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Dear Mr. Lincoln …
The mail he received reminds us anew of how little praise he received, and how philosophically he bore abuse
February/March 1994 | Volume 45, Issue 1
On March 3, 1865, the day before Abraham Lincoln was to be sworn in for the second time as President, a New York private named William Johnson, just one of the thousands of Federal troops who had voted for their Commander-in-Chief, mailed him a gift, along with a painfully scrawled (and spectacularly misspelled) letter:
“mister ole Abe.
“herbi Plese find inclosed won (1) Pare of reeinlistment Stripes I am a vetren which hev Bin warin sed Stripes, thinkin that as how U had reeinlisted i thot i wood Cut em Off & Send em to U hopin they ma cum handy, they Cost Forty (40) Sents i wood send U A pare with gold Stuf on the Ege of em if I cood git em them wons Costs A good Ele more tho. hev em Sode on with Blu thred.
“my Resins For Sendin em is these Firstly U Air my Stile of A man & Besides is Onist. Seconly U Air intitled to Sed Stripes For inlistin Again & things is verry hi now. I mus put Out my lite in a fu minuts. dont let up on them jonnys A Darn bit lle sta by U til the darn Cuses is used up for won … [ P.S. ] i Rote this On A hull Sheat Becos the Captin says it is Bisness Stile & this is Bisiness.”
Friendly letters like that one surely pleased Lincoln. He was as interested in evidence of his own popularity as any other politician and would go to Ford’s Theatre carrying in his wallet nine complimentary newspaper editorials that had cheered him when the battlefield news was bad. But on the evidence offered in Harold Holzer’s fascinating new compilation, Dear Mr. Lincoln: Letters to the President (Addison Wesley, $25), friendly letters were few and far between. What is remarkable about this collection is how little praise Lincoln got and how much abuse he endured without complaint.
Better than 250 letters arrived every day in the second-story office Lincoln liked to call his “shop,” and there were specially labeled pigeonholes in his upright desk for such influential and frequent correspondents as Horace Greeley and “W & W”—the prominent New York politicians Thurlow and Fernando Wood. But his secretaries—a tiny, shifting cast of young men headed by John Hay and John G. Nicolay—sifted through the rest of what one of them remembered as a “very curious department of American literature” in search of the handful of letters the President actually needed to see.
Some letters accompanied gifts. A Washington resident sent Lincoln a “highly reputed” laxative as “[t]his is the season when you and I are apt to be afflicted with disordered bowels.” Others sent him hand-knitted socks, a pair of live eagles, and a “mammoth Ox” named “General Grant,” meant to be auctioned off for the benefit of wounded sailors. And when a repentant (but carefully anonymous) Brooklyn citizen returned to him $860, which he had stolen from the government before “the Holy Spirit” made him see the error of his ways, the President carefully wrote out his own receipt: “Received, March 5,1863, of A. Lincoln, President of the United States the sum mentioned within, in ‘Green-backs.’”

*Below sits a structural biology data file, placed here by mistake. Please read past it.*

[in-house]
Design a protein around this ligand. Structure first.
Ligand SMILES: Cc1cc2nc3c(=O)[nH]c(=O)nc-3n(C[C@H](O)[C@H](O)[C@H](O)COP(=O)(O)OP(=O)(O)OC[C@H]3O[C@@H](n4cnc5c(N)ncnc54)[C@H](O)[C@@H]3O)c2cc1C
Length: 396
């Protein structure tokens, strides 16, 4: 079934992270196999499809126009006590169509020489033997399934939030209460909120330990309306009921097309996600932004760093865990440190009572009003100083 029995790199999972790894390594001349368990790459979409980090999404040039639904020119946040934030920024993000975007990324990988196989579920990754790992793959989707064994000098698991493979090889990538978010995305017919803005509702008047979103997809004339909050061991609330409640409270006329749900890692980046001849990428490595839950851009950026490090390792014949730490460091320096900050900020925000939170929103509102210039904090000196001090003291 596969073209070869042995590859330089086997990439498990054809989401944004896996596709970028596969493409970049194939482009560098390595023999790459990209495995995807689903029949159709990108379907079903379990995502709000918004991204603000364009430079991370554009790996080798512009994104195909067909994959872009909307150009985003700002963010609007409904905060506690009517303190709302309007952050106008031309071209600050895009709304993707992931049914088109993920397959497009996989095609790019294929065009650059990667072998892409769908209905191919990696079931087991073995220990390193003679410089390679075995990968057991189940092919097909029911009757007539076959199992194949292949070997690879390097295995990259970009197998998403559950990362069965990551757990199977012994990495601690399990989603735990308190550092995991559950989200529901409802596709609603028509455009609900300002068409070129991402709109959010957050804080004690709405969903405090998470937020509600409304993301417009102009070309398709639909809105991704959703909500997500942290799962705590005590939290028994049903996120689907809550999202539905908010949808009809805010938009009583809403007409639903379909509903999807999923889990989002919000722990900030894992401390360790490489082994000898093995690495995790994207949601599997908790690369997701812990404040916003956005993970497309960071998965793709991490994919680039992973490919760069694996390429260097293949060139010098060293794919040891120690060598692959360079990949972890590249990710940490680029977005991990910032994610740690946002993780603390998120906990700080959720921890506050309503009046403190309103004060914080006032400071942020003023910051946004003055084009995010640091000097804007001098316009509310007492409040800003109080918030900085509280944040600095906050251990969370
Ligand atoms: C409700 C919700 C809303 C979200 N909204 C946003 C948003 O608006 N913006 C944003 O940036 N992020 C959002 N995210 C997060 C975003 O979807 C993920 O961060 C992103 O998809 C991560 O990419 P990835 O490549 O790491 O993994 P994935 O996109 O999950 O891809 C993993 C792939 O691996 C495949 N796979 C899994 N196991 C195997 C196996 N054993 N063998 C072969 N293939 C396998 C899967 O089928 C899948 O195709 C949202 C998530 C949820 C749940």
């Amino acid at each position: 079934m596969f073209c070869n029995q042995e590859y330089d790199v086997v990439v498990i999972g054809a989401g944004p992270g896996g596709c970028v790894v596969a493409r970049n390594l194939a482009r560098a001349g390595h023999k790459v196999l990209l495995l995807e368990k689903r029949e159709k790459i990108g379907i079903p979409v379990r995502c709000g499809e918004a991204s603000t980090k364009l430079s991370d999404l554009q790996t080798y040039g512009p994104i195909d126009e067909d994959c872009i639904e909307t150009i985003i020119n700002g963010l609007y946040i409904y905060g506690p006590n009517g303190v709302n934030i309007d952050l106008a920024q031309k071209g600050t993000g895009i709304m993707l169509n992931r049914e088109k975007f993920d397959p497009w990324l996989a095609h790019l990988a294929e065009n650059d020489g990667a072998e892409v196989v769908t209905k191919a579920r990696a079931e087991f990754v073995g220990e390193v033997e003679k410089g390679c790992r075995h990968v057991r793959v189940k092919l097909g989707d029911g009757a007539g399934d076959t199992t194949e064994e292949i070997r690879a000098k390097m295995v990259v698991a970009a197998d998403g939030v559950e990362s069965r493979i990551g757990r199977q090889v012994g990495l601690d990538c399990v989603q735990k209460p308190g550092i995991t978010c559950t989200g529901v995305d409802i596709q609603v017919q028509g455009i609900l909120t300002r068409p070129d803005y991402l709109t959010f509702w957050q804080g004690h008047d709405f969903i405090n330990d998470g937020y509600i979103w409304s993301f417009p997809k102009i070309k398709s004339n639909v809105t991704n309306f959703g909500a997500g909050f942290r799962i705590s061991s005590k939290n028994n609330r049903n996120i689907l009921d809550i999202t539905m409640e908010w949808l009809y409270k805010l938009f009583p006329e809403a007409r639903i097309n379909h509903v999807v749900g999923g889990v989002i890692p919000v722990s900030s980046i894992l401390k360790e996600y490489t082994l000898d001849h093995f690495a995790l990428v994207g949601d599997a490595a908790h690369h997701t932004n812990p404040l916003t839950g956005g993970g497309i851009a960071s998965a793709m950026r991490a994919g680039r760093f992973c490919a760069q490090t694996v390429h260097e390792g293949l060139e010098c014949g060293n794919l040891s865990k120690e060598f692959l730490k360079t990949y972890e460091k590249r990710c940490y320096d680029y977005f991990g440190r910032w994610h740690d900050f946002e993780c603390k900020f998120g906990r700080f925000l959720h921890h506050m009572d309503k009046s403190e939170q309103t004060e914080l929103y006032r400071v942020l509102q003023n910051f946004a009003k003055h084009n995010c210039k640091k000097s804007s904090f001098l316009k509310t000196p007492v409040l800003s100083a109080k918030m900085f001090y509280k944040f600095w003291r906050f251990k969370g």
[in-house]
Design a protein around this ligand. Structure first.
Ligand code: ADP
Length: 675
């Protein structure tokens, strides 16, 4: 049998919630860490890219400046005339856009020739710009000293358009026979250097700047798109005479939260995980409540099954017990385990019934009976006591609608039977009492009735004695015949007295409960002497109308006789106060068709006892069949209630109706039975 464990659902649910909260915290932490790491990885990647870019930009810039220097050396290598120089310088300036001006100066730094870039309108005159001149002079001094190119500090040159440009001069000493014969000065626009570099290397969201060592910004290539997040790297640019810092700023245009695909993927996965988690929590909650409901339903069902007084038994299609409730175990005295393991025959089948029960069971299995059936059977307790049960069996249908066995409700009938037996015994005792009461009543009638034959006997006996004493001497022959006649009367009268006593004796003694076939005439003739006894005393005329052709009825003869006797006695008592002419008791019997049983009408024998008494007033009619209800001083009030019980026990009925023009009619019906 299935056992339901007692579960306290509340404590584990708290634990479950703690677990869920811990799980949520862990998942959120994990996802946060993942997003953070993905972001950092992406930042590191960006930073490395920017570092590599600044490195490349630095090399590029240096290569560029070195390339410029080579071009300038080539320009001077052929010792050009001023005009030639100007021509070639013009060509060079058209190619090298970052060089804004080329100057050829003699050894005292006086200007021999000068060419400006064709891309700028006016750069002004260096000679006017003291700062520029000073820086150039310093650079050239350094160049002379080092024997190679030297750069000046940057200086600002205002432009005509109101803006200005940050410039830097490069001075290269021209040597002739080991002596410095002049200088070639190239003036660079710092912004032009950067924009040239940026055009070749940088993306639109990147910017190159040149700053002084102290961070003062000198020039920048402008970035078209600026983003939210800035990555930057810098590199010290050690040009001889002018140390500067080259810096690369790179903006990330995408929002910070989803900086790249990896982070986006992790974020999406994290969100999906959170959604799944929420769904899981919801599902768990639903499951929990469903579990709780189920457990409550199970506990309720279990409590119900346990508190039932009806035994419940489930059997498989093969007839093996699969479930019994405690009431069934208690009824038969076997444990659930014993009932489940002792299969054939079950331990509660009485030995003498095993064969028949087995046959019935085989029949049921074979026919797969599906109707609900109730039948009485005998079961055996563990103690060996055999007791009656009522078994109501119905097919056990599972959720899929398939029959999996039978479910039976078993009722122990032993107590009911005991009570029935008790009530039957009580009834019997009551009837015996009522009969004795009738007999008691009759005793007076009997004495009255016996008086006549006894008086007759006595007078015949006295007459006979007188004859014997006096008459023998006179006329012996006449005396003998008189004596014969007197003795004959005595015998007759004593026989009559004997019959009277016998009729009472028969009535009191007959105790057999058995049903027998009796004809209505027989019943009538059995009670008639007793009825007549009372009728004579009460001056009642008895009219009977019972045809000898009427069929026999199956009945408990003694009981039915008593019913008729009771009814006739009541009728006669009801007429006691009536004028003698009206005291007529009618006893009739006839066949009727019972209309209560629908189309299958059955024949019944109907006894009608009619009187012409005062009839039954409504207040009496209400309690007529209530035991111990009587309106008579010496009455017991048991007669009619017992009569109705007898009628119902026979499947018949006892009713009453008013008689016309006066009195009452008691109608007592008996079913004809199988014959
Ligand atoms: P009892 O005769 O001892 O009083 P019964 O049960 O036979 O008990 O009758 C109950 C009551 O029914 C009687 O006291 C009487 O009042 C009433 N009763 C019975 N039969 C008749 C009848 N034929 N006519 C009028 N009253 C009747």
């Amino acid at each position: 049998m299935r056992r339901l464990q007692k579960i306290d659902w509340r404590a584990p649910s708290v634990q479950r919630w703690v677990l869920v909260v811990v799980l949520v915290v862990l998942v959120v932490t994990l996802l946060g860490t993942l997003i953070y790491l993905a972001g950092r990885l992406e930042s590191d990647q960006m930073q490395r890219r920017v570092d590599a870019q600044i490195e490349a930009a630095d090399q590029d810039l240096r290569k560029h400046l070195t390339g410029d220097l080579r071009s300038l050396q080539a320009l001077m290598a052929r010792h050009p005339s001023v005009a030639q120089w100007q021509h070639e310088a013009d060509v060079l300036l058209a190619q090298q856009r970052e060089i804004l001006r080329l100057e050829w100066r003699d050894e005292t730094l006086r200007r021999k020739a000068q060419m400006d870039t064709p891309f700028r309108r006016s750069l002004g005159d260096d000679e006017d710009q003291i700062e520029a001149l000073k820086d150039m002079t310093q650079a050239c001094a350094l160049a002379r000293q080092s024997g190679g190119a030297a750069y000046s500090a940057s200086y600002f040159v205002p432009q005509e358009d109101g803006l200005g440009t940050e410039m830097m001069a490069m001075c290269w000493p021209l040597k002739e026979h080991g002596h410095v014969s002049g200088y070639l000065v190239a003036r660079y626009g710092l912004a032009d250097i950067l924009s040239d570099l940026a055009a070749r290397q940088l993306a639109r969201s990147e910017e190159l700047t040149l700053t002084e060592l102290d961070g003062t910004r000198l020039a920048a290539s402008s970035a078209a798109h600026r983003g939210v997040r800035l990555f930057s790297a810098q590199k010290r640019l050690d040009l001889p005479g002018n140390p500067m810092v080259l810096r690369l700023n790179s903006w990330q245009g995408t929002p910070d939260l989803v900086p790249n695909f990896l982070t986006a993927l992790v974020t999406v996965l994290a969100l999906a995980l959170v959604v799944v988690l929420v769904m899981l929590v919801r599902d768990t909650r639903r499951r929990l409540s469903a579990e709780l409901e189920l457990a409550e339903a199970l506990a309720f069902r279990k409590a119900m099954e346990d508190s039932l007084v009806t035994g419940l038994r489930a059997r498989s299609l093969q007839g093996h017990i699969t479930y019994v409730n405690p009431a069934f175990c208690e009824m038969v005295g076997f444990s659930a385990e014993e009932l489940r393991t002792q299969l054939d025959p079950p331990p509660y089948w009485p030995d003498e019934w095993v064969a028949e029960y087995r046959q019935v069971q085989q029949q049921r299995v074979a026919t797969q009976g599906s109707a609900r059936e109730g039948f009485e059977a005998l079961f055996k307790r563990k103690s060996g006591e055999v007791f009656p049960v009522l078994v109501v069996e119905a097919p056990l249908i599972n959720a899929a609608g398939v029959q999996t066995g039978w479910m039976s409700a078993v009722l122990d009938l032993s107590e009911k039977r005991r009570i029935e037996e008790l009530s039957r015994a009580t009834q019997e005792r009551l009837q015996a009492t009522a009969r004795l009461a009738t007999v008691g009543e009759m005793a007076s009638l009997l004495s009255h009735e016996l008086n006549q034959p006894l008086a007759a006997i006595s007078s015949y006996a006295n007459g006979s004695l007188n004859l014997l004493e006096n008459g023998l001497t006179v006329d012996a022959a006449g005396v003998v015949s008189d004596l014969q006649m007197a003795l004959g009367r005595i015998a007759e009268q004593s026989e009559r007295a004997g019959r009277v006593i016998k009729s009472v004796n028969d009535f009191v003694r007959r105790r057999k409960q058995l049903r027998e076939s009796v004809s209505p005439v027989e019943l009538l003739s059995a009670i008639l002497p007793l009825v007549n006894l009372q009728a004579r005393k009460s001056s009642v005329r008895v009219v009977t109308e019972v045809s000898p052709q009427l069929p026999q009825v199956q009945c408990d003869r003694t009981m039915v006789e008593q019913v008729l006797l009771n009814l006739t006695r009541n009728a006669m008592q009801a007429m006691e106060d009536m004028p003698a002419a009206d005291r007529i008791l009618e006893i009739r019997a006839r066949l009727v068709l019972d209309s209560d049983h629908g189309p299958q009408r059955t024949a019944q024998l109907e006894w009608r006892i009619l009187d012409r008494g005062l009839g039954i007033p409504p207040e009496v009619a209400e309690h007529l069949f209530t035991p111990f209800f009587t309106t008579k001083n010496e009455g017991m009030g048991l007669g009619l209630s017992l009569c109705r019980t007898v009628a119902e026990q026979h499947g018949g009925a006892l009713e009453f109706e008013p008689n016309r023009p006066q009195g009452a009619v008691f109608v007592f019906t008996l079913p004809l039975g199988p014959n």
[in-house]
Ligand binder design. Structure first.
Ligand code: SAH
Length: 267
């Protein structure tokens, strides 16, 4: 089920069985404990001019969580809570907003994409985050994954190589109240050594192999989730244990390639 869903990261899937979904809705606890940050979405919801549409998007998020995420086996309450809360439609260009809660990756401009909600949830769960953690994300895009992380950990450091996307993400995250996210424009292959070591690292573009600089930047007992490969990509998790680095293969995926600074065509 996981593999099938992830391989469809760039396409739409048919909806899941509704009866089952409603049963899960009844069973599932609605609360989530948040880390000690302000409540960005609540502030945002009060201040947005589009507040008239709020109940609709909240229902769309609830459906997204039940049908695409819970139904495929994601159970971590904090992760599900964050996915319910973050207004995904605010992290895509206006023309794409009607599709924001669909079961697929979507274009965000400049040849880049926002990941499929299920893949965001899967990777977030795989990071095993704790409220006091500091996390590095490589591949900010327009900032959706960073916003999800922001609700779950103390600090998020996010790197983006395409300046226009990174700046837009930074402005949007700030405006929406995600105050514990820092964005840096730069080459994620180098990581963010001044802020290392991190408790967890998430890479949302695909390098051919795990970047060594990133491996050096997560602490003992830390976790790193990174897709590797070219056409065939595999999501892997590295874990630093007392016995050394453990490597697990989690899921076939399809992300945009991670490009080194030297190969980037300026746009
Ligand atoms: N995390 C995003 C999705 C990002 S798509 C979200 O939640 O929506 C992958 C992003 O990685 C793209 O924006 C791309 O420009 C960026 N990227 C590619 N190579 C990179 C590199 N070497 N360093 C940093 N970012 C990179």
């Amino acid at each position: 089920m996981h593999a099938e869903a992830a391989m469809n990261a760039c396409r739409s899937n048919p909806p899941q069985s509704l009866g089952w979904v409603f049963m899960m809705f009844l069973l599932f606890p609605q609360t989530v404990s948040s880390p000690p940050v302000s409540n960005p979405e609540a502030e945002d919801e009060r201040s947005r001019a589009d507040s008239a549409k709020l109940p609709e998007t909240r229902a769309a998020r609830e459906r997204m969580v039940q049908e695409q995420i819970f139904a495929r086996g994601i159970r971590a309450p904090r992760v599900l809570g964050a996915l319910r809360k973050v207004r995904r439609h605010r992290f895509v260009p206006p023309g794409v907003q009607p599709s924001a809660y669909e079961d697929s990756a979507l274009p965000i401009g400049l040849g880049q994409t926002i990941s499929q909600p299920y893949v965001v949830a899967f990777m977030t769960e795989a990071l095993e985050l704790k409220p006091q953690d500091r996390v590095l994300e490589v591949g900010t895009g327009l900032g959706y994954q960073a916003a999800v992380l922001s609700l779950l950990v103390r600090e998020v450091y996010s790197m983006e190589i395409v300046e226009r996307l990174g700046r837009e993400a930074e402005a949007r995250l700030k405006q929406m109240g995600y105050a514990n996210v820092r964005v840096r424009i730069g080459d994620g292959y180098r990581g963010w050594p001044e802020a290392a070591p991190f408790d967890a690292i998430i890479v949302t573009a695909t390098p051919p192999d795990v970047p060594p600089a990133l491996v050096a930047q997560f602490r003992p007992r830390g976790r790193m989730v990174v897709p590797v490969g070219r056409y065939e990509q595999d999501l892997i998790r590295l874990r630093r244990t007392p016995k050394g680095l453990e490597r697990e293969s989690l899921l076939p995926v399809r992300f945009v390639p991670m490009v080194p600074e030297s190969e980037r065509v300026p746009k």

There was a scattering of letters of encouragement too, including one from the Italian patriot Giuseppe Garibaldi, who told Lincoln he was the “Heir of the thought of Christ and of [John] Brown, you will pass down to posterity under the name of the Emancipator more enviable than any crown and any human treasure!” And there were threats on Lincoln’s life: “May the hand of the devil strike you down before long—You are destroying our country[.] Damn you—every breath you take.”
Lunatics wrote regularly. So did harmless eccentrics and a host of inventors eager for Army contracts, including one from Illinois who claimed to have devised a “cross-eyed gun” with divergent barrels with which he offered to arm a body of cross-eyed soldiers so that they could proceed down the Potomac “to clean out the Rebels from both sides of the river at once.” He added: “I know enough cross-eyed men to make a regiment, and by thunder, Mr. Lincoln, I’m cross-eyed enough to be their colonel.”
There were letters criticizing Lincoln’s manners too. A New Yorker wrote from his Wall Street office to warn that officers were muttering about the President’s lack of military bearing: “They say when you are on horseback, and platoons of men marching by you, that you lean about and turn your head to talk with people behind you, when they claim that you should sit erect & talk to nobody and look straight at the saluting soldiers. … For God’s sake consult somebody, some military man, as to what you ought to do on these occasions … you will do well by paying more attention to your manners and make less effort at wit and story telling—All well enough in private but publicly it is a nuisance. … [B]e a gentleman and courtly in your manners when you ought to be. …”